Paper No. 12
Presentation Time: 11:45 AM


MARTINEZ-POZA, Ana Isabel, Departament de Geologia, Universitat Autònoma de Barcelona, Facultad de Ciencias (Campus de Bellaterra), Bellaterra (Barcelona), 08193, Spain, GLAZNER, A.F., Department of Geological Sciences, University of North Carolina at Chapel Hill, CB# 3315, Mitchell Hall, Chapel Hill, NC 27599-3315 and BARTLEY, John M., Department of Geology and Geophysics, Univ of Utah, 115 S. 1460 E, Rm 383 FASB, Salt Lake City, UT 84112,

Most past studies of the Late Jurassic Independence Dike Swarm (IDS) exposed in the Sierra Nevada (California) have focused on glacially polished outcrops where vertical sections are difficult to observe. Because of this, stress analysis was based mainly on horizontal sections. Here we present data collected from an exceptional and accessible outcrop of the IDS along the South Fork of Big Pine Creek, where 3D sections of the subvertical intrusions can be measured along rock drumlins produced by the last glaciation.

Field observations reveal several types of dikes, which can be placed in chronological order using crosscutting relations: intermediate coarse-grained dikes, composite dikes with intermediate fine-grained centers and mafic fine-grained borders, mafic fine-grained dikes, and a composite of xenoliths of mafic material and wall rocks. The dikes are subparallel with a mean strike of ~095. We used the Jolly and Sanderson (1997) method to obtain the Mohr construction and the three paleostress components. The calculated minimum stress axis (σ3) is oriented NNE-SSW, consistent with the opening direction presented in other works. The maximum stress axis (σ1) is subvertical and the intermediate stress axis (σ2) is subhorizontal with a WNW-ESE orientation.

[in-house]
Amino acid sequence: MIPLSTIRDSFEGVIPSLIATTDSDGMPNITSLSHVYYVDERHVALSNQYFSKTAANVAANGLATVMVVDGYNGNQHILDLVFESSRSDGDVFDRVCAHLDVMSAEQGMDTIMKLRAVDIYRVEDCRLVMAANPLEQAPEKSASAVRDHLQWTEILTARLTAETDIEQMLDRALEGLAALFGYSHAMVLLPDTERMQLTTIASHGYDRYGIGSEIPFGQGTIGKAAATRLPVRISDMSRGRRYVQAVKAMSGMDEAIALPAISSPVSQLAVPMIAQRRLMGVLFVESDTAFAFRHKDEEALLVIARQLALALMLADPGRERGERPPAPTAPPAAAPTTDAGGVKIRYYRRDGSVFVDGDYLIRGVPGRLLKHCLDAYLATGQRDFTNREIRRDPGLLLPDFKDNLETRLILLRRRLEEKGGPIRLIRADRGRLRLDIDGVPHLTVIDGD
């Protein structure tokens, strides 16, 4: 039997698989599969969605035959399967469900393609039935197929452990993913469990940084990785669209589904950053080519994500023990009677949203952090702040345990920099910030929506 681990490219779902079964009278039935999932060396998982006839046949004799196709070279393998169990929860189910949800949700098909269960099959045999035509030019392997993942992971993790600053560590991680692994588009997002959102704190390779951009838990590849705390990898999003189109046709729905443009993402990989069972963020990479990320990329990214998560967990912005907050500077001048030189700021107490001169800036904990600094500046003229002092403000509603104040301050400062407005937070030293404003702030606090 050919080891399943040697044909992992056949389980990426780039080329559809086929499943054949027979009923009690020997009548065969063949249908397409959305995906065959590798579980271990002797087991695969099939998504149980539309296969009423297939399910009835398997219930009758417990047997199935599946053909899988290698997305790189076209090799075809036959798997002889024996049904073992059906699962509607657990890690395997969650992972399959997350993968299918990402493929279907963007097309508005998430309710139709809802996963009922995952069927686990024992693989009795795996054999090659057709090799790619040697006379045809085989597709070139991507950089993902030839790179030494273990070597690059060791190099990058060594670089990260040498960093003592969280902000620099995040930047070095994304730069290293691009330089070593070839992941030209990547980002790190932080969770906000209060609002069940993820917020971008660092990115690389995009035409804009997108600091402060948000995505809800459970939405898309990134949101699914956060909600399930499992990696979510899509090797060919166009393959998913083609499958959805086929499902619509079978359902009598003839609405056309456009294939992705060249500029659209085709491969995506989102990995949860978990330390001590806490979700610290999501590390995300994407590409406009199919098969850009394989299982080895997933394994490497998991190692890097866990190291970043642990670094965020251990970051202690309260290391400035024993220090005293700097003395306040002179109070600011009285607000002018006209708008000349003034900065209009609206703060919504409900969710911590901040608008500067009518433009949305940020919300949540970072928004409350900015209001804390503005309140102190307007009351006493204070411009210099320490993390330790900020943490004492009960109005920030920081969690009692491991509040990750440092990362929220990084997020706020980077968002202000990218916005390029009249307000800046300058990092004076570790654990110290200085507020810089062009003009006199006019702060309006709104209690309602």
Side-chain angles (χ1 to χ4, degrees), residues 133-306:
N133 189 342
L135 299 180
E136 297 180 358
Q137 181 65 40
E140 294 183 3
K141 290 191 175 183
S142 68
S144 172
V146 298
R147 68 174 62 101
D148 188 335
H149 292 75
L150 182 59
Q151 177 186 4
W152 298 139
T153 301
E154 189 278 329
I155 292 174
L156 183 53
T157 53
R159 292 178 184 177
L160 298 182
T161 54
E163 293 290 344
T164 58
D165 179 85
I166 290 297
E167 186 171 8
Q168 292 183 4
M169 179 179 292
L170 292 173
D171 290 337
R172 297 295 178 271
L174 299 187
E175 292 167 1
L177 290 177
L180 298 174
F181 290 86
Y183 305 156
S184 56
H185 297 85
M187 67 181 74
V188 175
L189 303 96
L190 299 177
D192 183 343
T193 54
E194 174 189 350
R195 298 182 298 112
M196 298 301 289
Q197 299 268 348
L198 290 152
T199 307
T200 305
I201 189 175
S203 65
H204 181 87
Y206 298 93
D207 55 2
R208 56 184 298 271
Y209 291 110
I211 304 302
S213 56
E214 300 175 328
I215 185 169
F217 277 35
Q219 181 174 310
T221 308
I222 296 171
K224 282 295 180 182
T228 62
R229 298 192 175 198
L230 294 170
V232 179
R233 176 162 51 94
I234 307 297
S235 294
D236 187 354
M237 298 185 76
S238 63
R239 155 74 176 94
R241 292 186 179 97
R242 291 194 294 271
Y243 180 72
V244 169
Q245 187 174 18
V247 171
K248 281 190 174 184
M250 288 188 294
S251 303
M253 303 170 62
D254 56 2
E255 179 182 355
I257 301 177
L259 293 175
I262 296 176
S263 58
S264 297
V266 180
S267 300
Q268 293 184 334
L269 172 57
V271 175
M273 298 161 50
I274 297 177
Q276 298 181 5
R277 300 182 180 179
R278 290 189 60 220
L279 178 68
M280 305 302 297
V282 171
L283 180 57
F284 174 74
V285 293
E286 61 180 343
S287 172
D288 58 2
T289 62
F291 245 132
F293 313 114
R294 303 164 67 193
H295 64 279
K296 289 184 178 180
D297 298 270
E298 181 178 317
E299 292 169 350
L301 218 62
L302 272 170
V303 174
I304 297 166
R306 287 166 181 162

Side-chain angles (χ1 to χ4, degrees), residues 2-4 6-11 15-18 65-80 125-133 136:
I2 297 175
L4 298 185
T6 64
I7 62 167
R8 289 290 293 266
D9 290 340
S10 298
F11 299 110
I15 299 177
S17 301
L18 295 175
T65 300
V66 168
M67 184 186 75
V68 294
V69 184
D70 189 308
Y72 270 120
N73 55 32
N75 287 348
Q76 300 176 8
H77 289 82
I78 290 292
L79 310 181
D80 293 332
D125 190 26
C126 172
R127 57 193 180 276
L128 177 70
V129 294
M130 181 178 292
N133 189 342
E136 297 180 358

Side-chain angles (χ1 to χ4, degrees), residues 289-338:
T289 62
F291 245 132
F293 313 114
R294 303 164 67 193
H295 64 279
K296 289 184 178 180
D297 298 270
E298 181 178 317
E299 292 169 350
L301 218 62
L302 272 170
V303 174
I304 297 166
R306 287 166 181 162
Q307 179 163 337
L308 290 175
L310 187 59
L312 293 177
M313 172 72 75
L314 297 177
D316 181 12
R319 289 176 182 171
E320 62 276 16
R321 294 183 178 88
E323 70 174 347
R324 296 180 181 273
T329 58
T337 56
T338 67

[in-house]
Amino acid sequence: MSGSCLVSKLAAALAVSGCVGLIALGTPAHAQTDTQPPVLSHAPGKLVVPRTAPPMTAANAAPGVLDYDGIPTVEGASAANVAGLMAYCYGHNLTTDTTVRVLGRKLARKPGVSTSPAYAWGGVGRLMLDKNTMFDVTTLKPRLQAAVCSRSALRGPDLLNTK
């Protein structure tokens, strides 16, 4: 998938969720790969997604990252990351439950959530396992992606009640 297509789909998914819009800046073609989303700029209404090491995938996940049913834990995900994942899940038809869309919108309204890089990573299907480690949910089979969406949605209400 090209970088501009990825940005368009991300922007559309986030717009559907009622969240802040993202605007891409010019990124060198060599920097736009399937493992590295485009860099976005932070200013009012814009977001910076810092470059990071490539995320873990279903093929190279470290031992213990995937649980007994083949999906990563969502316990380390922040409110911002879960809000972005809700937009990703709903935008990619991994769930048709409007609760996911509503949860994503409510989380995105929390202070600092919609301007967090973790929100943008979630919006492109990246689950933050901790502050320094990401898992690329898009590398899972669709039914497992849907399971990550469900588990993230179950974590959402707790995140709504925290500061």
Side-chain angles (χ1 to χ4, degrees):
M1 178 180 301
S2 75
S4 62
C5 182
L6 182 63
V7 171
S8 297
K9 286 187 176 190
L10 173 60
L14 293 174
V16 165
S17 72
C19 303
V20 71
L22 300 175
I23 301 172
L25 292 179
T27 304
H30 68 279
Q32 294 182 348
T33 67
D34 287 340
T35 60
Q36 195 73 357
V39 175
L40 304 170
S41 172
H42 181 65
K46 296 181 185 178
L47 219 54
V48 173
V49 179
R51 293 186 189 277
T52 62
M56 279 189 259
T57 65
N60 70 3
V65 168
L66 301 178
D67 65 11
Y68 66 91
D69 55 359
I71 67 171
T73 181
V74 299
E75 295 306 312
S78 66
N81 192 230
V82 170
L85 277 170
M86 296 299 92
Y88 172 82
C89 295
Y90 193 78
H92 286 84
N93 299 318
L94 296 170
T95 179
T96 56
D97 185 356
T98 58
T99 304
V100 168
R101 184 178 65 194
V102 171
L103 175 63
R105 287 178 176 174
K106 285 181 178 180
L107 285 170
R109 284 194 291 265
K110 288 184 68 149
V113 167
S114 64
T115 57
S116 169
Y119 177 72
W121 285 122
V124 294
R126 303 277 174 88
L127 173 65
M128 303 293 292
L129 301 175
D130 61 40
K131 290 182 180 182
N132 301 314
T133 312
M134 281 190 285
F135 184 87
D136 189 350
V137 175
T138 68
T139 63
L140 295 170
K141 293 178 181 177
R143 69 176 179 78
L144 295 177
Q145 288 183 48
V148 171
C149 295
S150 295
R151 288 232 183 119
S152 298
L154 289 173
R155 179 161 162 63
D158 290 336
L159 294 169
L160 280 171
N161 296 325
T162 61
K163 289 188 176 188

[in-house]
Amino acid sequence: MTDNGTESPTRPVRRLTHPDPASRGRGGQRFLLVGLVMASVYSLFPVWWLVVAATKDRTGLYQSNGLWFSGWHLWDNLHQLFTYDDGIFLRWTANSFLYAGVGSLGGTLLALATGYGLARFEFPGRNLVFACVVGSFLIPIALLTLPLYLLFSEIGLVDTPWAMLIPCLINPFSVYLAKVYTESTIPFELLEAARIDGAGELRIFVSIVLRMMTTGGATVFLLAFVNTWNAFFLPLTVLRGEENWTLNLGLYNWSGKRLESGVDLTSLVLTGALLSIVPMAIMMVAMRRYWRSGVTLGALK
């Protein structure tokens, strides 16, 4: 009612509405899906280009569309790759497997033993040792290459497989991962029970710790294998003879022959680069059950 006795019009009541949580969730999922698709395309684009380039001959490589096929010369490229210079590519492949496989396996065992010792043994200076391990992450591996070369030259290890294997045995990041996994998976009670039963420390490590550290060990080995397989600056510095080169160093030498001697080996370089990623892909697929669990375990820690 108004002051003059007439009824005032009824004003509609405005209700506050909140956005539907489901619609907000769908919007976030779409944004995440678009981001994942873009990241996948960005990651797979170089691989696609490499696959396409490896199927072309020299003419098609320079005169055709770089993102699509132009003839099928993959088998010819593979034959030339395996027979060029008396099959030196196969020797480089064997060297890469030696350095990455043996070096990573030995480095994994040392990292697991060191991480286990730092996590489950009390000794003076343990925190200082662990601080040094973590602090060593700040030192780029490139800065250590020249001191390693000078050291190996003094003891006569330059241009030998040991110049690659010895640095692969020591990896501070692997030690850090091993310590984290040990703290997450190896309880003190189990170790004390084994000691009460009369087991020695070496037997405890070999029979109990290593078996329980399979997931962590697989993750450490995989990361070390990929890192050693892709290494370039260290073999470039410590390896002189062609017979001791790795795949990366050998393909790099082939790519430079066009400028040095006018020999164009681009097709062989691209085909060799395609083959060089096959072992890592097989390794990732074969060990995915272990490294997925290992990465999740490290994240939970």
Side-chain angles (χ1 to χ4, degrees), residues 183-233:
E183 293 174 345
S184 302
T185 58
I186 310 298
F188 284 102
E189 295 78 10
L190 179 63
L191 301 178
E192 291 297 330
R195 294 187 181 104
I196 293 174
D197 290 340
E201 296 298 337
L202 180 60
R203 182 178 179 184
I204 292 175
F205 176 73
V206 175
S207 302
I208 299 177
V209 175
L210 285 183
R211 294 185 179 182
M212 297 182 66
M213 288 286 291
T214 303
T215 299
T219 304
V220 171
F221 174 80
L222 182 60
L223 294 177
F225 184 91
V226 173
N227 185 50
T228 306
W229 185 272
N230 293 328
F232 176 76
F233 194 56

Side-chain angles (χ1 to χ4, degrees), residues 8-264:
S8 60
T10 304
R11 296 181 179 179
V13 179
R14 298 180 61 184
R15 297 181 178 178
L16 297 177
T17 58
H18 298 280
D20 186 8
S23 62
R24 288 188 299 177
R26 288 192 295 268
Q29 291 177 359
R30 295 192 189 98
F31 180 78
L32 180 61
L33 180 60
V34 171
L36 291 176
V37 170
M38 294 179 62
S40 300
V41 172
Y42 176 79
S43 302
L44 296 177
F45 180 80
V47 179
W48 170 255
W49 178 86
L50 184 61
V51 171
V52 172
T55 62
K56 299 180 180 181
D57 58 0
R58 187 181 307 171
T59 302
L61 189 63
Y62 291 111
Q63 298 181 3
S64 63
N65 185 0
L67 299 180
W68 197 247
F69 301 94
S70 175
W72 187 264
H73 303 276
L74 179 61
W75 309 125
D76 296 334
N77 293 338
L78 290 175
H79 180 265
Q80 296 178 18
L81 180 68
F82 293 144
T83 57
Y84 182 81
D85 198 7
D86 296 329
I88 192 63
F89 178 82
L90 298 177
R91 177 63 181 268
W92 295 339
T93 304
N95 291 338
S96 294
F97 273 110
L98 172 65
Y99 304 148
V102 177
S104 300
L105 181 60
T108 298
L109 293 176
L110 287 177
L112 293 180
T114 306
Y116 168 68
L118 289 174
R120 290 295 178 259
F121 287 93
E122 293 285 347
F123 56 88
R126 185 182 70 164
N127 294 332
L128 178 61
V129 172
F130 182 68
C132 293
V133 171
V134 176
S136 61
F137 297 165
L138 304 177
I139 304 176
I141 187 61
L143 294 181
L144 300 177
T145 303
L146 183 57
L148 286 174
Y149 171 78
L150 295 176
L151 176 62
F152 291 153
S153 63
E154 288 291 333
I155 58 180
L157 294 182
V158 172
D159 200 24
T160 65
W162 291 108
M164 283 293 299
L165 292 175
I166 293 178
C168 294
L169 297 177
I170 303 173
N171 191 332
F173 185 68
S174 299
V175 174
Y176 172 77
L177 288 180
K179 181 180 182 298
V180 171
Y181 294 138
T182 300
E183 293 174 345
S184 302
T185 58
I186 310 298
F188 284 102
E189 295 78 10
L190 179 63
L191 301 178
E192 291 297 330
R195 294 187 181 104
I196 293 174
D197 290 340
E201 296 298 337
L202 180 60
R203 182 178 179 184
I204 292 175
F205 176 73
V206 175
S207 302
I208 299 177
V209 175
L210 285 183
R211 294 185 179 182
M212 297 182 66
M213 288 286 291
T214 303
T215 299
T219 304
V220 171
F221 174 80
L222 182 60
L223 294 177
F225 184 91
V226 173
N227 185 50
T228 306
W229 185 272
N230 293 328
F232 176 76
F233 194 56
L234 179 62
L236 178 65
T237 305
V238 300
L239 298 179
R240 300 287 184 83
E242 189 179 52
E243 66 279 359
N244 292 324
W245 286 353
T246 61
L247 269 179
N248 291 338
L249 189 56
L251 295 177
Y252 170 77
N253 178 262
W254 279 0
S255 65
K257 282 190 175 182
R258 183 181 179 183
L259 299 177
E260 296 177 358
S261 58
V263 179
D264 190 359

Pre-dike aplite veins in the host rock and jogs in the dike margins reveal the net opening direction, although a later set of aplite veins cuts the dikes. Offset veins are separated sinistrally across ~E-W oriented dikes. The measured offset vectors do not agree with opening vectors predicted by the stress analysis. We infer that markers in the host rock were displaced from their original positions by dike-parallel shear, recorded by tectonic fabrics in some dikes and by dm- to cm-scale mylonite zones in the granodioritic host rock. Some mylonite bands formed at dike margins but others are subparallel to or oblique to the dikes. The mylonite zones range widely in orientation but most commonly they strike ~100º, ~080º or ~135º.

The structural relationships indicate that tectonic stresses changed from dike emplacement to later sinistral shear and mylonitization. This history is consistent with relations in nearby areas (e.g., Split Mountain area, Bartley et al., 2012) where overprinting mylonitization appears to be mid-Cretaceous in age (~100 Ma).

  • GSA2013Poster_MartinezPozaAI.pdf (45.8 MB)